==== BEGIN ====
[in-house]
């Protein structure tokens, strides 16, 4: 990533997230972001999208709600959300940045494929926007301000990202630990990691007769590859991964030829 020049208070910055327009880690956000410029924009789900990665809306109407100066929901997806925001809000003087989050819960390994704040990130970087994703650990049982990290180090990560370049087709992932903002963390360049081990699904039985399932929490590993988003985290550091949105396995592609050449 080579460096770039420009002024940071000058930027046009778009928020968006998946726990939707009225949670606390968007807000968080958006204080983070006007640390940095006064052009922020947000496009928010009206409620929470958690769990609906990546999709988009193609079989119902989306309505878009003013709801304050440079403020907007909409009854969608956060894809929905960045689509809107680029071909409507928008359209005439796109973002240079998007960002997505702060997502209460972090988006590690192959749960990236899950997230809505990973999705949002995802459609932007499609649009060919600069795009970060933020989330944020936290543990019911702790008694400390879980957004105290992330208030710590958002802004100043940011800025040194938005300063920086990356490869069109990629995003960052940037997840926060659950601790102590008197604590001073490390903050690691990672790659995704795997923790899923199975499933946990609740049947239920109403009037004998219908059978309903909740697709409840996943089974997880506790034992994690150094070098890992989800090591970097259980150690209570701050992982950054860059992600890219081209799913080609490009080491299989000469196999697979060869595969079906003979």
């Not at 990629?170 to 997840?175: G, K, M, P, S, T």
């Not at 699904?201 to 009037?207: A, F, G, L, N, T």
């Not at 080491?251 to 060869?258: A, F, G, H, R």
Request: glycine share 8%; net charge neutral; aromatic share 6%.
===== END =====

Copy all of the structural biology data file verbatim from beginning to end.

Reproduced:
[in-house]
């Protein structure tokens, strides 16, 4: 990533997230972001999208709600959300940045494929926007301000990202630990990691007769590859991964030829 020049208070910055327009880690956000410029924009789900990665809306109407100066929901997806925001809000003087989050819960390994704040990130970087994703650990049982990290180090990560370049087709992932903002963390360049081990699904039985399932929490590993988003985290550091949105396995592609050449 080579460096770039420009002024940071000058930027046009778009928020968006998946726990939707009225949670606390968007807000968080958006204080983070006007640390940095006064052009922020947000496009928010009206409620929470958690769990609906990546999709988009193609079989119902989306309505878009003013709801304050440079403020907007909409009854969608956060894809929905960045689509809107680029071909409507928008359209005439796109973002240079998007960002997505702060997502209460972090988006590690192959749960990236899950997230809505990973999705949002995802459609932007499609649009060919600069795009970060933020989330944020936290543990019911702790008694400390879980957004105290992330208030710590958002802004100043940011800025040194938005300063920086990356490869069109990629995003960052940037997840926060659950601790102590008197604590001073490390903050690691990672790659995704795997923790899923199975499933946990609740049947239920109403009037004998219908059978309903909740697709409840996943089974997880506790034992994690150094070098890992989800090591970097259980150690209570701050992982950054860059992600890219081209799913080609490009080491299989000469196999697979060869595969079906003979």
């Not at 990629?170 to 997840?175: G, K, M, P, S, T």
């Not at 699904?201 to 009037?207: A, F, G, L, N, T």
């Not at 080491?251 to 060869?258: A, F, G, H, R």
Request: glycine share 8%; net charge neutral; aromatic share 6%.